I would like the member to comment on the catastrophically unique situation that Colombia finds itself in. On so many markers of human rights abuse, Colombia ranks number one, number one in terms of the attack on trade unionists, the murders of trade unionists, and the disappearance of trade unionists. And such egregious violations for what? For the right to organize, for the right to stand up and call for fair wages, for equality for workers, something that we take for granted and benefit from here in Canada, and looking to internal displacement. The UNHCR has said on numerous occasions that Colombia ranks extremely high as a country with such a high number of internally displaced refugees.

When we are talking about comparing Colombia to other countries, I would like the member to note some recognition or give some thought to the fact that Colombia is a very different country than the other ones we are dealing with and that is why Canada's position has to be very clear. The Government of Canada cannot allow such human rights abuses to go under the watch of our agreements. We hope that the Liberals will recognize that a stand on human rights means voting against this free trade agreement.

Canada-Colombia Free Trade Agreement Implementation ActGovernment Orders

May 25th, 2009 / 6:10 p.m.
See context

Liberal

Yasmin Ratansi Liberal Don Valley East, ON

Mr. Speaker, I am a citizen of the world. I was born in Africa of Indian parentage. I have lived in Britain. I now live in Canada. I think I know the world a lot better and I know where human rights violations are taking place. I know that we have traded with them and it has helped those countries.

The member mentioned the important aspect of the aboriginal communities in Canada, that we have to talk about them before we talk about human rights. It was the member's party that went to bed with the Conservative government and killed the Kelowna accord. The member cannot speak from two sides of her mouth. The member either believes in one thing or she does not.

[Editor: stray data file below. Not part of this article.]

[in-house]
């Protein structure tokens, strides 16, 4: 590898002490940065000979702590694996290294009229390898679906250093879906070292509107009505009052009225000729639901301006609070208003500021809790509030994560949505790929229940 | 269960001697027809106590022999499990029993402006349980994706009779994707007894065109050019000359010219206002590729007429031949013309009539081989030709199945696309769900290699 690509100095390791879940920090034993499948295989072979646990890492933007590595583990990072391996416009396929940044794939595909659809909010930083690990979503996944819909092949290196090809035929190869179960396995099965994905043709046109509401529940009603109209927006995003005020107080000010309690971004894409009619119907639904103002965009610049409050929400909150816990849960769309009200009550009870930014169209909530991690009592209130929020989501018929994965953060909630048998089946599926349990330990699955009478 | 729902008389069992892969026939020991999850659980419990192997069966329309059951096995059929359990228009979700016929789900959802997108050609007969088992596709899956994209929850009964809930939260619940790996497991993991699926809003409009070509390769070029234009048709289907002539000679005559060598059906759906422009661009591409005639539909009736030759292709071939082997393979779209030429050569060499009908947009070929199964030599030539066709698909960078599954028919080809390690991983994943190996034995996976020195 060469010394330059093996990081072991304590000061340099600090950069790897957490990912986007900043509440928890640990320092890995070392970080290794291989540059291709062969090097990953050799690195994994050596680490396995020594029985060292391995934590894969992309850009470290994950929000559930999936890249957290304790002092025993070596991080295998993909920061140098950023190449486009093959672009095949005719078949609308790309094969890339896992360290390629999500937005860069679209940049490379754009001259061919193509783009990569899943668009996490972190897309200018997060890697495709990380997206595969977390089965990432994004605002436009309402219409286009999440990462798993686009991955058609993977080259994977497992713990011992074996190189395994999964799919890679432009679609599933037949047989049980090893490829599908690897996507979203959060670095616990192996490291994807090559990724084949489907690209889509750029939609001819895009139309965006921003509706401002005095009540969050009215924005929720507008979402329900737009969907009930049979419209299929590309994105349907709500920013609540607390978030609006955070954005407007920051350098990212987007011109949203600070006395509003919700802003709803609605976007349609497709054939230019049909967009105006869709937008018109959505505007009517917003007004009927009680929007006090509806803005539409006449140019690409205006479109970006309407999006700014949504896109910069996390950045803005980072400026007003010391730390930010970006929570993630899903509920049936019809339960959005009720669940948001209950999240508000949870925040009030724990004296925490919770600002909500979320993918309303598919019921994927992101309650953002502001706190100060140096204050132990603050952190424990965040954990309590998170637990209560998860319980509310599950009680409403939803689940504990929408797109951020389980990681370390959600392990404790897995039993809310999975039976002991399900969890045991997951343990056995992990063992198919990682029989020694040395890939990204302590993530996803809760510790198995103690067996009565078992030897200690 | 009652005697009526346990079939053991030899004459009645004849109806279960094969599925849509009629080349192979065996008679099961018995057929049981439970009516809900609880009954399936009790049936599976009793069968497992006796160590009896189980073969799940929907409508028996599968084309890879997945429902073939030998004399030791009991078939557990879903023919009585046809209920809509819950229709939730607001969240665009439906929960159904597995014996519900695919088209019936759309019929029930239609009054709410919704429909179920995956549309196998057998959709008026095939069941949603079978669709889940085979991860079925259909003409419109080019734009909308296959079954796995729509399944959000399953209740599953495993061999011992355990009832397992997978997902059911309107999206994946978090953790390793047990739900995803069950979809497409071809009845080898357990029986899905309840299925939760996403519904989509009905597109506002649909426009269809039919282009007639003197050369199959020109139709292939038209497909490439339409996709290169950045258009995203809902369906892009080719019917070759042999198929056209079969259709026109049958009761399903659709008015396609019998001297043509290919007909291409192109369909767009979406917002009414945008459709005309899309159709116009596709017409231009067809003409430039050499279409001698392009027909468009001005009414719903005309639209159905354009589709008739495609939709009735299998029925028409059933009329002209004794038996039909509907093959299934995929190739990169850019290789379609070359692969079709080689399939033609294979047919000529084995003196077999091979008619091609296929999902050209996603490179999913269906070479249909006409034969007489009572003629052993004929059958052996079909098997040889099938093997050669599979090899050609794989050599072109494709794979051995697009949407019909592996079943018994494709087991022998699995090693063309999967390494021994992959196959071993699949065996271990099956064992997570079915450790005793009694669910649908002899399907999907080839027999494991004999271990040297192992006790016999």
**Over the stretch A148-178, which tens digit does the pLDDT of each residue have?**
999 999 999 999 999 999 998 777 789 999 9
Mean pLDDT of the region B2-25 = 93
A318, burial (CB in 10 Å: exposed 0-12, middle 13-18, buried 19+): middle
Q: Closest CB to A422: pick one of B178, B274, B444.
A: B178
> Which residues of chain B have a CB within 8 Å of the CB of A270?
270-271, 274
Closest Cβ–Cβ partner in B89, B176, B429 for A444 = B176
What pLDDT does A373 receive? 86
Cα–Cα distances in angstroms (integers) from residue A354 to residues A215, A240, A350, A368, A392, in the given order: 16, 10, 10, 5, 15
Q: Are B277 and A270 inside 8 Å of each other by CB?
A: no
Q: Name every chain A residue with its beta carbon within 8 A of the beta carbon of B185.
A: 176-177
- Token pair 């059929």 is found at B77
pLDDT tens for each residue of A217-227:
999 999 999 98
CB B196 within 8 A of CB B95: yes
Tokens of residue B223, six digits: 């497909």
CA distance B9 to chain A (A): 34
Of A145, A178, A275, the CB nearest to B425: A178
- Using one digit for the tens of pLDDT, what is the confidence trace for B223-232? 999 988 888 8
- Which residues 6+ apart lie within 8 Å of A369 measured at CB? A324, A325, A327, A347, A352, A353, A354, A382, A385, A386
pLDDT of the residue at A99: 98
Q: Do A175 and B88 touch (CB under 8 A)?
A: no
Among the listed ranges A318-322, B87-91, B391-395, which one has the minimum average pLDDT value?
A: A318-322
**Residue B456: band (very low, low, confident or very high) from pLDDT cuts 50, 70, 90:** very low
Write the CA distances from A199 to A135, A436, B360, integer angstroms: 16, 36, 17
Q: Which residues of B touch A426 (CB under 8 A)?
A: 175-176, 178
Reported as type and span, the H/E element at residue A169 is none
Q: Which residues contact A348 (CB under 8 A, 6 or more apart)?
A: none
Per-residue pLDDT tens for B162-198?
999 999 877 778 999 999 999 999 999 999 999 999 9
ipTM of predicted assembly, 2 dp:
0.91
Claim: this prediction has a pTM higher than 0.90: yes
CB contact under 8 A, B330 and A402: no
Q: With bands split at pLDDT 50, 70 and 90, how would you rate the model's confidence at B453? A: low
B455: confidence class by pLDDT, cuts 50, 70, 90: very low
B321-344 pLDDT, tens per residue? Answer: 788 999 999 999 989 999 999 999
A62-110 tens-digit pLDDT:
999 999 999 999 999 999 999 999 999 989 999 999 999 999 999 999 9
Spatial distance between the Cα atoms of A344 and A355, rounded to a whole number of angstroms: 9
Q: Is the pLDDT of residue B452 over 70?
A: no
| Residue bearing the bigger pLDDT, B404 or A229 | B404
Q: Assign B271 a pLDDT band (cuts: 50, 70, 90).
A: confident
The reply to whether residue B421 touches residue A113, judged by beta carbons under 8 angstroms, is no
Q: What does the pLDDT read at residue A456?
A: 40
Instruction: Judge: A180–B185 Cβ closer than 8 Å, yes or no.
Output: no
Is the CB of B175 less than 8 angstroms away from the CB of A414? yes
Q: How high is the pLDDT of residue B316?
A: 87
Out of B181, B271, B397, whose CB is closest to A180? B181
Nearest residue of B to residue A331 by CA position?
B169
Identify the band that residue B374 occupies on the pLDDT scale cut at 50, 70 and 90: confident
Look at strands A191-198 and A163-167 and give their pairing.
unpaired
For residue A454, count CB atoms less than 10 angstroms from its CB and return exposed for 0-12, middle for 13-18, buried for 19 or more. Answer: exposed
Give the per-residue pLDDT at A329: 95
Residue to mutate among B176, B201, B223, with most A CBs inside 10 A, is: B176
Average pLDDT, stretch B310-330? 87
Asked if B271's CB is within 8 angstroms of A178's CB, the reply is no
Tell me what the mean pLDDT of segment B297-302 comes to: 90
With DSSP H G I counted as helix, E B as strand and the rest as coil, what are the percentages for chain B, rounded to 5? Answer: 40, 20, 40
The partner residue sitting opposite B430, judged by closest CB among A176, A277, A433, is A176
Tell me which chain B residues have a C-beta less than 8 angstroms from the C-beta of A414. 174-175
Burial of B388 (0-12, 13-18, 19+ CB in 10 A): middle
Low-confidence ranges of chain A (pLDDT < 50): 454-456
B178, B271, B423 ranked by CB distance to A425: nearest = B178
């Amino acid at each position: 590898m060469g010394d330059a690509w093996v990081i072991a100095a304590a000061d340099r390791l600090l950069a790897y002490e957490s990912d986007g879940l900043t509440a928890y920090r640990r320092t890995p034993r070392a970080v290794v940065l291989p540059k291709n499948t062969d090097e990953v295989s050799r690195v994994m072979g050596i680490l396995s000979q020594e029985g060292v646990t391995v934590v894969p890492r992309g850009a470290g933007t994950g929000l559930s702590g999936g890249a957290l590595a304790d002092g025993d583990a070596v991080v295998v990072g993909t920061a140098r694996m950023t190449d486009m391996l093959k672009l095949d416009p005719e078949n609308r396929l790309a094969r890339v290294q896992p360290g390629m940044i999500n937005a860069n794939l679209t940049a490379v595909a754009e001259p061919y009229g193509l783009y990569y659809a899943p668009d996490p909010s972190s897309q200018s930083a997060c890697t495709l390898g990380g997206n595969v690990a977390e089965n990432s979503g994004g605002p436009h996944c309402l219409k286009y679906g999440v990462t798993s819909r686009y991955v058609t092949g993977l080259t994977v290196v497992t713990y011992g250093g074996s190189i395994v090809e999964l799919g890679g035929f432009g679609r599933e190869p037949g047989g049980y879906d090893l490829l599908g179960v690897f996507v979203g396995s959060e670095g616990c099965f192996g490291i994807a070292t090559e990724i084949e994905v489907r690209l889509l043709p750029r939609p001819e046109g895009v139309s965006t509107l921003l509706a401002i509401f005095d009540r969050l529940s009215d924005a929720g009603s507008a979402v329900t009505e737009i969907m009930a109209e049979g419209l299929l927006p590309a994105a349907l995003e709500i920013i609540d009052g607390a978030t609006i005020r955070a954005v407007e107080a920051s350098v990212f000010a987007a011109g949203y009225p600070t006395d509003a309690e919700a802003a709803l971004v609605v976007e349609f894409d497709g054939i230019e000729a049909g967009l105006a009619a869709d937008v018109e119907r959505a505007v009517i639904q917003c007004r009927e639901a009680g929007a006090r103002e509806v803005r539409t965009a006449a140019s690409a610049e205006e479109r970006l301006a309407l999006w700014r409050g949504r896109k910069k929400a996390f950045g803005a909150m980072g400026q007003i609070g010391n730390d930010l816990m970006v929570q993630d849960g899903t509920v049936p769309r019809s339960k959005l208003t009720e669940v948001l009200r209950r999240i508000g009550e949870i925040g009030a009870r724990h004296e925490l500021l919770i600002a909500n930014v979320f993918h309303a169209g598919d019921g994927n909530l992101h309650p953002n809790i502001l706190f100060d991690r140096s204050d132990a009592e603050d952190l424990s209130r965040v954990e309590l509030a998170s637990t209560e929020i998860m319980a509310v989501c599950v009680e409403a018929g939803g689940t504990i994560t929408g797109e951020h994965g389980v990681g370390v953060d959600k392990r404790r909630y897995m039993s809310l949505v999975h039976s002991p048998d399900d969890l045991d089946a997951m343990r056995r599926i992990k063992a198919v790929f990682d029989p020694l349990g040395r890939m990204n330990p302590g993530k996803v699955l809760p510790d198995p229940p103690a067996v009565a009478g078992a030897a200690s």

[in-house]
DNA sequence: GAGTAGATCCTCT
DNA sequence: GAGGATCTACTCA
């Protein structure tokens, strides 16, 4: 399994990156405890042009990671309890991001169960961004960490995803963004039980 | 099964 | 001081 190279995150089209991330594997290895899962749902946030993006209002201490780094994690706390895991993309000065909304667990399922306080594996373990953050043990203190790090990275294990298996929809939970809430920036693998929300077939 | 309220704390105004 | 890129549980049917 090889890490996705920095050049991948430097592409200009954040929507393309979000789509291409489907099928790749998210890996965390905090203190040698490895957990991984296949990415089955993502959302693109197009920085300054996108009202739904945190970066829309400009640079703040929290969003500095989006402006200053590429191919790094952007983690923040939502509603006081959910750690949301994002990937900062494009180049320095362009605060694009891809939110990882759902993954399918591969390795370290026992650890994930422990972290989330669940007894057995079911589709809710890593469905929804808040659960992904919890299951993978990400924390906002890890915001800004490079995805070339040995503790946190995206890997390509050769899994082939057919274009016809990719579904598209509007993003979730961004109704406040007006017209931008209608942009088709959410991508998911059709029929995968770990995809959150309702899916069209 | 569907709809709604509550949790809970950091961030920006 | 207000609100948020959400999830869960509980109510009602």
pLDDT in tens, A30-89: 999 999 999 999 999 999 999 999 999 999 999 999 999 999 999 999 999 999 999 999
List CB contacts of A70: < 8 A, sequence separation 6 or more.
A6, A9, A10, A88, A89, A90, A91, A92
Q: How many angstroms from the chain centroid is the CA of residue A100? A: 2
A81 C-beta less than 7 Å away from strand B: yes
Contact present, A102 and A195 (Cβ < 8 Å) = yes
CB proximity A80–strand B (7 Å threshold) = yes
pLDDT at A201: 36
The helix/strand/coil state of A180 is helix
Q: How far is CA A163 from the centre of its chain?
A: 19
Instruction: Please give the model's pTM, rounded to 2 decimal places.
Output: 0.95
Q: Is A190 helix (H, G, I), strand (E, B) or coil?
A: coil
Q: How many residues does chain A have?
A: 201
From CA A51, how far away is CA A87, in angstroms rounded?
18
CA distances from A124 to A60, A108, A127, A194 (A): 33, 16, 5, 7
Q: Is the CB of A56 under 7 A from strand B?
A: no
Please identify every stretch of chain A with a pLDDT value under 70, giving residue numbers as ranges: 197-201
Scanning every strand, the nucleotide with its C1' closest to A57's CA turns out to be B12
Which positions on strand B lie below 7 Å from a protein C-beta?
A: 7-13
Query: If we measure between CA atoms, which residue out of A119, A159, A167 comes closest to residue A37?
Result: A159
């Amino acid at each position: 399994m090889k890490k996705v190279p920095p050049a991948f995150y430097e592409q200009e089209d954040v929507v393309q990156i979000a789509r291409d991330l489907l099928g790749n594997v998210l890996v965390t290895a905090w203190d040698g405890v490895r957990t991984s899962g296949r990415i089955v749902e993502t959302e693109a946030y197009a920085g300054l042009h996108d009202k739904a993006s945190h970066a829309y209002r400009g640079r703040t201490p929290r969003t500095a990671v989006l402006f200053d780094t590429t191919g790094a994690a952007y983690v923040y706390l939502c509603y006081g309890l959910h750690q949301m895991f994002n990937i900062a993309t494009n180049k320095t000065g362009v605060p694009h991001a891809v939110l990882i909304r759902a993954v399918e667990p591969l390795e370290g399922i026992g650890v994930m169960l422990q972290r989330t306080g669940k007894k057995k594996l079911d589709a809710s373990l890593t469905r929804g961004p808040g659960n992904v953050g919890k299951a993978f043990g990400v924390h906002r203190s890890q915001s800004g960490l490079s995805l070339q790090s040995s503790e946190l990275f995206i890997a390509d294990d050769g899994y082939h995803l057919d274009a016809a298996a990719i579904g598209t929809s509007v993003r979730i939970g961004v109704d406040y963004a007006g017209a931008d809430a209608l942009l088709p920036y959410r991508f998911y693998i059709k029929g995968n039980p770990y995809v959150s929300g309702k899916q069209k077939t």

Canada-Colombia Free Trade Agreement Implementation ActGovernment Orders

May 25th, 2009 / 6:10 p.m.
See context

NDP

Peter Julian NDP Burnaby—New Westminster, BC

Mr. Speaker, the member must be aware of the evidence and testimony regarding President Uribe's connections with paramilitaries, his role in the massacres in the Antioquia province and his direct ties with the Medellin drug cartel and Pablo Escobar.

Given all of that evidence and testimony and the fact that the Conservatives seem to think it is okay to do business with people linked with the drug trade and the Medellin cartel, does it not make the hon. member just a little uneasy to prop up the Conservatives on this issue?

Canada-Colombia Free Trade Agreement Implementation ActGovernment Orders

May 25th, 2009 / 6:15 p.m.
See context

NDP

Brian Masse NDP Windsor West, ON

Mr. Speaker, that does not justify the member's course of action nor the course of this House of Commons. Just because evil is propagated against others and that should justify us entering into an agreement where clearly there are significant problems with human rights activity and there is an organized, orchestrated campaign to intimidate those of the citizenry population who want to better their society and have done so in an open and accountable way, which has led to much suffering. Having had a chance to question some of the Colombian delegation at committee, I have not been satisfied with their response.

I mentioned four specific cases of civil liberty union organizers. They were not, for example, from the mines where we would expect some activism or from the farming community where there have been issues with the drug cartels. I mentioned the cases of the school teacher's union, the nursing association and the universities where even in Bogota and other places like that where there is that type of structure, those citizens who had become union organizers to defend the interests of their neighbours, their friends and their families were killed.

The response I got from the people at the Colombian embassy was rather unique. The vast majority of those cases were never brought to trial in Colombia, which they admitted and claimed that they were all crimes of passion. What they meant by crimes of passion was that those individuals were in relationships that somehow did not work out and the spouses, partners or people in their lives had killed them because of that dispute.

I found that response a condemnation of justice. It was a condemnation of a parliamentary committee trying to get to the bare bones of things and investigate things. It is a very dismissive approach that those cases would not be respected. I could not believe that was the response they gave.

However, we need to step back from some of this, from our side here in Canada, and hear from some of the individuals from Colombia. I have an interesting quote from an individual who states: